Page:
Peder, It has always been true that you can’t generally find a base price inventory Model S, but plenty of people ordered them. Same will be true for Model 3. Again, like Model S, configurations may be ordered in November, with 3+ month wait times, but they will get here and for those fixated on getting the black car.

      What happened in 2011 was when Tesla was a boutique firm. Plenty of reasons why margin probably sucks at 35k, but I don’t think they’ll survive the optics of not delivering 35k Model 3’s to all who want to go through the order process, for a good year or so.

  64. Poor says:

    $30K is tops for me. Still looking at 2020 before I buy electric. Agree with others that the options are way over priced. What the heck is Musk trying to do?

    1. Doggydogworld says:

      Musk is “trying” to sell 500,000 cars without losing $5 billion in the process.

      Batteries are expensive, folks. Building a new type of car is expensive. California is expensive. Yes, Tesla is playing some pricing games, but it’s not like they’re raking in the profits. They cut costs wherever they can and still run at a loss.

      The base car is $36,500 with non-hideous wheels, $37,500 if you want colors. That’s pretty competitive based on the acceleration and handling (see Motor Trend first take).

      “Mass market” customers who want a great sports sedan will have to live without fancy seats. You don’t get glass roof and autopilot from the competition, anyway, so their cost is irrelevant.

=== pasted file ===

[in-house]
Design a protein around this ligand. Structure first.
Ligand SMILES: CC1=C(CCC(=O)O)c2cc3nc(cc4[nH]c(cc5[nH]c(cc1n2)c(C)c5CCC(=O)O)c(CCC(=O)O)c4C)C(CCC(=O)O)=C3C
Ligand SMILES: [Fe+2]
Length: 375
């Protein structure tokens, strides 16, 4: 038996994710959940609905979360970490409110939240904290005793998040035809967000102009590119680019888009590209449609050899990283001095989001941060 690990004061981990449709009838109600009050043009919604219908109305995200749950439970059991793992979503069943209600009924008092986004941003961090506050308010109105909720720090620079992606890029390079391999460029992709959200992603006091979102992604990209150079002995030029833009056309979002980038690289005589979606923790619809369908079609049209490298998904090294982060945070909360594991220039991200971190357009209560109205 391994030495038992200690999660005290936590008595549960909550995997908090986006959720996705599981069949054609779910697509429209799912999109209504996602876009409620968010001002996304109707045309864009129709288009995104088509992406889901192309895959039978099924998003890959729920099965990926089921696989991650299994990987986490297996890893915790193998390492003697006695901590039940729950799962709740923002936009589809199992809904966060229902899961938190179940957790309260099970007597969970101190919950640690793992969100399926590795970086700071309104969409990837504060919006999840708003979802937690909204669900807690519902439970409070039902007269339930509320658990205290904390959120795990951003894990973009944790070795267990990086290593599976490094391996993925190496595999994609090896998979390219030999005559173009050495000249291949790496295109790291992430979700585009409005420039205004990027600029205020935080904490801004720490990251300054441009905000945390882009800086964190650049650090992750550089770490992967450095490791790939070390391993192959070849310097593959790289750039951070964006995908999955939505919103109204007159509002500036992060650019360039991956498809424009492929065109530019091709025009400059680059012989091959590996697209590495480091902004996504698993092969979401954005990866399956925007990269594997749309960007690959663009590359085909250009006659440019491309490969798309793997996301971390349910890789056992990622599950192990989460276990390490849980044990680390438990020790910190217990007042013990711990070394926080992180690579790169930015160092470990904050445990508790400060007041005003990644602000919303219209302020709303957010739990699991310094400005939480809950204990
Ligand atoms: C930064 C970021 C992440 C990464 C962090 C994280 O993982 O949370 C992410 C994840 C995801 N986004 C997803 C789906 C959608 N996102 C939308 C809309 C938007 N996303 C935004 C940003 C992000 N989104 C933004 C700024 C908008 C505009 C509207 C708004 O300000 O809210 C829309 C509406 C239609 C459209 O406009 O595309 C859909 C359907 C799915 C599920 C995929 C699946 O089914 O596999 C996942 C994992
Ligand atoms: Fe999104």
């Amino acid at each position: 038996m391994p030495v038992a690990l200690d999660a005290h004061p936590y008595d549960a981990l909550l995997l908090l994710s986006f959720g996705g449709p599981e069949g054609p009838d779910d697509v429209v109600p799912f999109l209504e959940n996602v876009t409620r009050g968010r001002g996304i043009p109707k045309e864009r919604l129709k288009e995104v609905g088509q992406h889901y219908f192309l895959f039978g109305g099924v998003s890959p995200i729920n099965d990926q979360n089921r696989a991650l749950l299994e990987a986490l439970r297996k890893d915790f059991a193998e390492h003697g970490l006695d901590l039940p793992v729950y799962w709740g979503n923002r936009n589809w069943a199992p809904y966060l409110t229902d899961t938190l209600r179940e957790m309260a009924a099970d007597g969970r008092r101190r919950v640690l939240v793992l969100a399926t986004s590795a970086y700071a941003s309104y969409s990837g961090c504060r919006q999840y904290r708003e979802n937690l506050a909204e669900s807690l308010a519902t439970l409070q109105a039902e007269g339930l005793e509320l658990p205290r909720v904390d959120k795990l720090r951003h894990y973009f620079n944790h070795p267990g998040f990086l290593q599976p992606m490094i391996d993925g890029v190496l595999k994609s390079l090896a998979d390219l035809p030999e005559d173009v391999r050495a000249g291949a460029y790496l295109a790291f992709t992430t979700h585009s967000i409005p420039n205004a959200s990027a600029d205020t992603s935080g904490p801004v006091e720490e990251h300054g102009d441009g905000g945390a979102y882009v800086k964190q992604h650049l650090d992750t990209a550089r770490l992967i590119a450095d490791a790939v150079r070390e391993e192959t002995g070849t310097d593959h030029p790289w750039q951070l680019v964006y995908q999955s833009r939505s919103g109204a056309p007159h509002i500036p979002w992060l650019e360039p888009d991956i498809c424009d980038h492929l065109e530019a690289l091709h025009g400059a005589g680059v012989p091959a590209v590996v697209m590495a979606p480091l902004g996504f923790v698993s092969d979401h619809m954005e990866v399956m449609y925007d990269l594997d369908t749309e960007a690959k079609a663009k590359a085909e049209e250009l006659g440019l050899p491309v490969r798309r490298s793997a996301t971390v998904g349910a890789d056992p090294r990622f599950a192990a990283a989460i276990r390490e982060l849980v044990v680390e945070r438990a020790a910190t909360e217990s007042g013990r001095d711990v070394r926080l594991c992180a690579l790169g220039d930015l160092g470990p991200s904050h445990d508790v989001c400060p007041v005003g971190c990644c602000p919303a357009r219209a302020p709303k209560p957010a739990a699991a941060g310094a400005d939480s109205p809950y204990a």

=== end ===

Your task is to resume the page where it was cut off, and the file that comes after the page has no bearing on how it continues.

2. Pushmi-Pullyu says:

      “What the heck is Musk trying to do?”

      He, or rather Tesla, is trying to sell cars at a price that will make them a profit.

      Perhaps next time Elon says the Model 3 is aimed to compete with the BMW 3 Series, you’ll actually believe him. All too many comments to InsideEVs showed wishful thinking, repeatedly insisting the Model 3 is an “affordable” car instead of a semi-affordable one.

      1. Tim Miser says:

        Profit? Or gouging? The most comparable option is the paint option. Tesla M3 = $1000 for upgraded paint. Most other ‘profitable’ car companies charge less than $500 for upgrade paint. i.e. – Bolt paint upgrade = $395.

        1. speculawyer says:

          Perhaps you can show me another EV with 220 miles of range and great DC-fast-charging ability for $35K. I’m all ears.

          Seems like Tesla is providing the cheapest long range EV.

        2. Pushmi-Pullyu says:

          “Tesla M3 = $1000 for upgraded paint. Most other ‘profitable’ car companies charge less than $500 for upgrade paint. i.e. – Bolt paint upgrade = $395.”

          Yes, but the Bolt EV isn’t intended to compete with the BMW 3-Series.

          For the 3-Series, you get your choice of black or off-white for $0, a “metallic” color for $550, or a premium color for $1950.

          1. Ambulator says:

            If Tesla was at only BMW prices on their paint jobs few would be complaining. Dark and light free paint choices is reasonable, dark only isn’t.

    3. Asak says:

      There’s no need to wait. You can already buy a Chevy Volt for less than $30K. Just get a lease and after rebates, et al it will cost about the same as a $20K car.

      It offers 50 miles of electric range, then another 250 or so miles of gas range, and of course you can just refuel it. It’s effectively an EV for most around town driving, but then converts to a hybrid for longer trips.

      If the price of the Model 3 is too high, there’s no reason you can’t still join the EV revolution right now!

    4. speculawyer says:

      Well, “Poor”, may I suggest you peruse the used car market. Lots of cheap EVs available.

  65. Jake Brake says:

    I would be curious if their battery warranty covers capacity degradation this time or not.

    1. William says:

      Probably not, but, I hope I’m completely and absolutely wrong, as wrong as can possibly be.
      Tesla does things different, and as customers, we are learning and adjusting to this newer retail business environment.